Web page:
Young at heart

Teen Creature

Feelin’ squirrely: Ian Yount of Teen Creature.

Feelin’ squirrely: Ian Yount of Teen Creature.

Photo By Brad Bynum

For more information, visit teencreature.bandcamp.com.

Where did the band name Teen Creature come from?

“It came from my mind,” says Ian James Yount, with a laugh. “No, it’s just how I feel, how I see myself … even though I’m a middle-aged man.”

Though Yount’s 34 years seem a bit short of qualifying for middle age, his point remains: his teen years were half his life ago. But the feelings of youth, alienation and inhumanity that often accompany the teen years can stay with some of us for lifetimes.

Yount might be familiar to many local music lovers. As DJ Bat Brains, he plays records at bars around town; he plays guitar in the epic, heavy band Yesir; and he’s a manager at Recycled Records, Reno’s iconic used record store.(The EP, which features artwork by Omar Pierce, is on sale there on a donation basis.)

Teen Creature is the name of his solo music project. He recently released a limited edition CD EP of five original songs on which he played everything: All the guitars, bass, drums, vocals, and even the occasional keyboard part. It was recorded in the basement of his Reno home over the course of three years.

Yount describes the music as “garage death rock.” The recording has an intentionally murky quality, with lots of distortion, reverb and tremolo on the guitars, and the vocals buried in grit, the lyrics barely decipherable.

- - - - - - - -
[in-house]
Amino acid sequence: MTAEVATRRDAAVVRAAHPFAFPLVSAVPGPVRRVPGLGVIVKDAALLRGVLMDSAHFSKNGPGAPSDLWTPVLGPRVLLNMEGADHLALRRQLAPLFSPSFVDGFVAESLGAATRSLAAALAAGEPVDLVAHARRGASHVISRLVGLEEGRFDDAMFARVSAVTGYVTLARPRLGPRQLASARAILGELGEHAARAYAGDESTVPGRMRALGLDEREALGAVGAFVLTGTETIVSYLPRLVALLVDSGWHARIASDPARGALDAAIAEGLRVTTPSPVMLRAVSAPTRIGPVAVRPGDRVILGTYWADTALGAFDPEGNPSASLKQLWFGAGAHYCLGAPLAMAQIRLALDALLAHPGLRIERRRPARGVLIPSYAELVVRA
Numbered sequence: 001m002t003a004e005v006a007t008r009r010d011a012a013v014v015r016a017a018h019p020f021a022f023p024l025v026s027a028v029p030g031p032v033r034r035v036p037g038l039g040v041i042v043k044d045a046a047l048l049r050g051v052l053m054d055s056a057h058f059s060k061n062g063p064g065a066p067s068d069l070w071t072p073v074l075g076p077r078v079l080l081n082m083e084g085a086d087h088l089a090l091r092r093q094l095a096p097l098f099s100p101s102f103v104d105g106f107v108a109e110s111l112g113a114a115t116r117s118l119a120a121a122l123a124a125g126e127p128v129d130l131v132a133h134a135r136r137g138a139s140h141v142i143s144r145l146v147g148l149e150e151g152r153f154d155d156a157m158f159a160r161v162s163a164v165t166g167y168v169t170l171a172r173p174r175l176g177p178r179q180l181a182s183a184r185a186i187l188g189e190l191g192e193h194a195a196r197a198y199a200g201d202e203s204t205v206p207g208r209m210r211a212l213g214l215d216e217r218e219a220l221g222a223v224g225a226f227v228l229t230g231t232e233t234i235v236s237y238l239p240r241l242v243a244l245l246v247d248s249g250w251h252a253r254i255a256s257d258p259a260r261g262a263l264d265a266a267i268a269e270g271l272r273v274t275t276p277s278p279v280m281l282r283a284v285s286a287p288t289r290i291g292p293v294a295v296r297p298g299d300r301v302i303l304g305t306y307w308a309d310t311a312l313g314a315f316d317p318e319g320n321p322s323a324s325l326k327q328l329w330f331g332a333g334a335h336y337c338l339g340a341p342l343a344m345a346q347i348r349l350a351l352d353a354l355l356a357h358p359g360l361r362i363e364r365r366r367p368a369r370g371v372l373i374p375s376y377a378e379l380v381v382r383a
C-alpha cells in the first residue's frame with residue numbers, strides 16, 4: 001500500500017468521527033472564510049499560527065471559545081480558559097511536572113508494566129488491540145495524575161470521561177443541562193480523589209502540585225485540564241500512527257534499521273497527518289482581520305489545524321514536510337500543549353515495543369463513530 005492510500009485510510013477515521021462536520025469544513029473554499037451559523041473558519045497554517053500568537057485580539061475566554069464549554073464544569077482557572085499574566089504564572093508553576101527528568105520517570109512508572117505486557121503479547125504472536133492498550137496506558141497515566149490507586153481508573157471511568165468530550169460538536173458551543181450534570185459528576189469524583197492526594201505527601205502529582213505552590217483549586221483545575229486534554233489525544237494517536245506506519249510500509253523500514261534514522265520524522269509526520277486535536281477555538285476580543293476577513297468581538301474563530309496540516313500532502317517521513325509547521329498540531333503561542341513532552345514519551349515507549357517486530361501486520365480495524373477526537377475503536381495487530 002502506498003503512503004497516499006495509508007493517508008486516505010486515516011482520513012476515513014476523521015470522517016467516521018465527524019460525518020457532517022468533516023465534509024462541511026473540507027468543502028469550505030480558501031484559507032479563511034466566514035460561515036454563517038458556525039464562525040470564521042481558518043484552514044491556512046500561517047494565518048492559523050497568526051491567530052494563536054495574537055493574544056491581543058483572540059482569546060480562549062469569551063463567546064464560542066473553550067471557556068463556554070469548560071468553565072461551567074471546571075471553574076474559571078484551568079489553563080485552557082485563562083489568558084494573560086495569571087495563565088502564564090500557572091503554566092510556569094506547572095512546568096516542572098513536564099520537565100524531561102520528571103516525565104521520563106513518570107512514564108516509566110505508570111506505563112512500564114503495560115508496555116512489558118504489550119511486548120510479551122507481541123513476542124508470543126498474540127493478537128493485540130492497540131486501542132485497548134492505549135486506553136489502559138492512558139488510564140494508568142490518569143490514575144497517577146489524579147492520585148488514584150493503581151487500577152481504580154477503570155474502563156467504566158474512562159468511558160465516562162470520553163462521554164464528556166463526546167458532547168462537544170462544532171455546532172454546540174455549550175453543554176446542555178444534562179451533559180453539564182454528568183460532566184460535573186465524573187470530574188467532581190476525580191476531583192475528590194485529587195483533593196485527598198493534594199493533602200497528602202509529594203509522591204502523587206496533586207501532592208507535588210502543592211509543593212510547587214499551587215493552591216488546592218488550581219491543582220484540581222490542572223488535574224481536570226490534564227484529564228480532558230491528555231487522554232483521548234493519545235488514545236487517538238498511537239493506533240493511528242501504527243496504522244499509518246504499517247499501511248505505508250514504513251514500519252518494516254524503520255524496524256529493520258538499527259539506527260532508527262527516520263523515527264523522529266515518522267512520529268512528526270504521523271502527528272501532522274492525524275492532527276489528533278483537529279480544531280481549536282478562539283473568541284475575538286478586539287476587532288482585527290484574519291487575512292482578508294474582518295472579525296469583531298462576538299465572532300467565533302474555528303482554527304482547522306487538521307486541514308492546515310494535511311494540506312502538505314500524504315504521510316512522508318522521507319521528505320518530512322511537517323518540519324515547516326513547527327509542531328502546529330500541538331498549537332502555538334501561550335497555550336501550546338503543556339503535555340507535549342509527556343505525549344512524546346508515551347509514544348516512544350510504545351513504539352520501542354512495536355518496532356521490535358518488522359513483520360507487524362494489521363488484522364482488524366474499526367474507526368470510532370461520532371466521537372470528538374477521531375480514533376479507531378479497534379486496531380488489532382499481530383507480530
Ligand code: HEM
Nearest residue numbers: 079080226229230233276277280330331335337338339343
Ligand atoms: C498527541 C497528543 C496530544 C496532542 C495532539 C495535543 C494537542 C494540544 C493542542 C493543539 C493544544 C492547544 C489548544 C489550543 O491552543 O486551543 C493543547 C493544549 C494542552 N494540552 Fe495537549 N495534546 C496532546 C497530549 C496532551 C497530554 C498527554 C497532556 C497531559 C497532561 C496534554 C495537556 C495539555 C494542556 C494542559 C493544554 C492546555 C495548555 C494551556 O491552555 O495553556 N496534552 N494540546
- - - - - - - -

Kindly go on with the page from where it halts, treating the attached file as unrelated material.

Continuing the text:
“I wanted there to be some mystery to it somehow,” he says, adding that part of the appeal of mystery, for him, is that he’s shy. And the music has some of that classic, introverted, basement-dwelling, never-come-out-during-the-daytime feeling of great goth music.

“I like things to be moody,” says Yount. “I don’t know why.”

He started the project when he was between bands, but decided to keep it going even after joining Yesir because it offered a different kind of creative outlet than his DJing or other band.

“I wanted to have something that wouldn’t break up unless I died,” he says (though it is possible to develop serious creative differences with oneself). Since he released the EP a few weeks ago, Yount says he’s had musicians from some of Reno’s best bands approach him offering to help realize the songs in front of a live audience, something he’d like to do soon.

He recorded the songs one at a time, not starting one until the recoding of the previous song was complete. “Breeding a Dead Horse”—which should win some kind of award for Best Song Title—took him five months to finish. The finished product sounds worth that time, especially the extended keyboard drone coda that sounds like great guitar feedback, but Yount says it was an exhausting process. But he stuck to his rule and refused to start another song until it was finished.

“If I didn’t finish it, I might not ever finish it,” he says. “I had a bad habit when I was a kid of starting things and not finishing them. I’d join the football team and quit a week later.”

He says that one of the big musical influences on the record was old-school surf rock: The Ventures, Dick Dale and Link Wray. And it’s great to hear the tremolo and reverb sonic palette of surf rock used to craft introverted music. And if the music conjures the mental image of a pale, scrawny goth kid, black hair and black nails, more creature than feature, riding a surfboard, so much the better.